A Guide to retirement in Australia
Money and Life (Financial Planning Association of Australia)
The facts and figures of retirement in Australia
According to the Association of Superannuation Funds of Australia (ASFA), single people require about $28,165 a year to maintain a modest lifestyle in retirement. They will receive more than they would through the Age Pension but will only afford the basics.
ASFA says single people require around $44,146 a year to maintain a comfortable lifestyle in retirement. This will allow them to be involved in a broad range of leisure and recreational activities and to be able to buy household goods, private health insurance, a reasonable car, good clothes, a range of electronic equipment and domestic and occasionally international holiday travel.
Both budgets assume that retirees own their own home outright and are relatively healthy.
Of course, everyone is different and their expenses and activities will vary in retirement. They will stop work at different ages and will have different reasons for retiring.
Australian Bureau of Statistics (ABS) figures for 2016/17 show that 36% of men and 22% of women chose to retire when they became eligible to draw on their superannuation and/or the age pension.
The average age for retirement of this group was 62.9 years – men at 63.6 years and women at 62.1 years.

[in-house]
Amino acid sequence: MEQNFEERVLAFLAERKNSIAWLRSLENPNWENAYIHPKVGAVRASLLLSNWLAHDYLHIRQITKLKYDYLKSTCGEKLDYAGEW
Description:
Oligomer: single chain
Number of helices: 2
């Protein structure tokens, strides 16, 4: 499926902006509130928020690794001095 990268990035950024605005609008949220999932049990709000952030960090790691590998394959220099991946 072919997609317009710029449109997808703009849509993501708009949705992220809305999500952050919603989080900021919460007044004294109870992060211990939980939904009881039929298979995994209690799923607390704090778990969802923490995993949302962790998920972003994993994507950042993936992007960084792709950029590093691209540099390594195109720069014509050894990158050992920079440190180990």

But the figures also show that people retire for other reasons, for example, to care for someone, because of retrenchment or an inability to find work, or as a result of sickness, illness or injury. That means that their time of retirement was not within their control or came earlier than planned.
All these uncertainties complicate retirement planning. Thus, it’s no wonder that a new survey commissioned by Industry Super Australia shows that almost 40% of recent retirees are struggling and that more than a quarter had to go back to work, many to keep the lights on.
That said, many Australians are enjoying a comfortable retirement. How they achieved it is no secret: through good retirement planning.
How do I plan for retirement?
Start with you and your specific circumstances and requirements. Look at your spending, income, assets, savings, current investments, insurance, taxes and estate management. And consider how you should approach your retirement saving as you move through different life stages.
All this may require some tough decision-making. For example, do you want to live frugally now for future financial freedom through the FIRE movement, or would you like to take steady and consistent saving steps? Are you comfortable with more risky investments which may offer better growth but could keep other people up at night? Would you prefer to let the experts manage your savings or to make the investment decisions yourself? Are there ways you could boost your super while enjoying tax benefits? Should you salary sacrifice? And, do you need protection through insurance?
A CERTIFIED FINANCIAL PLANNER® professional who specialises in retirement planning can support you through this journey and help you design a plan that takes into account the many different scenarios that can occur along the way.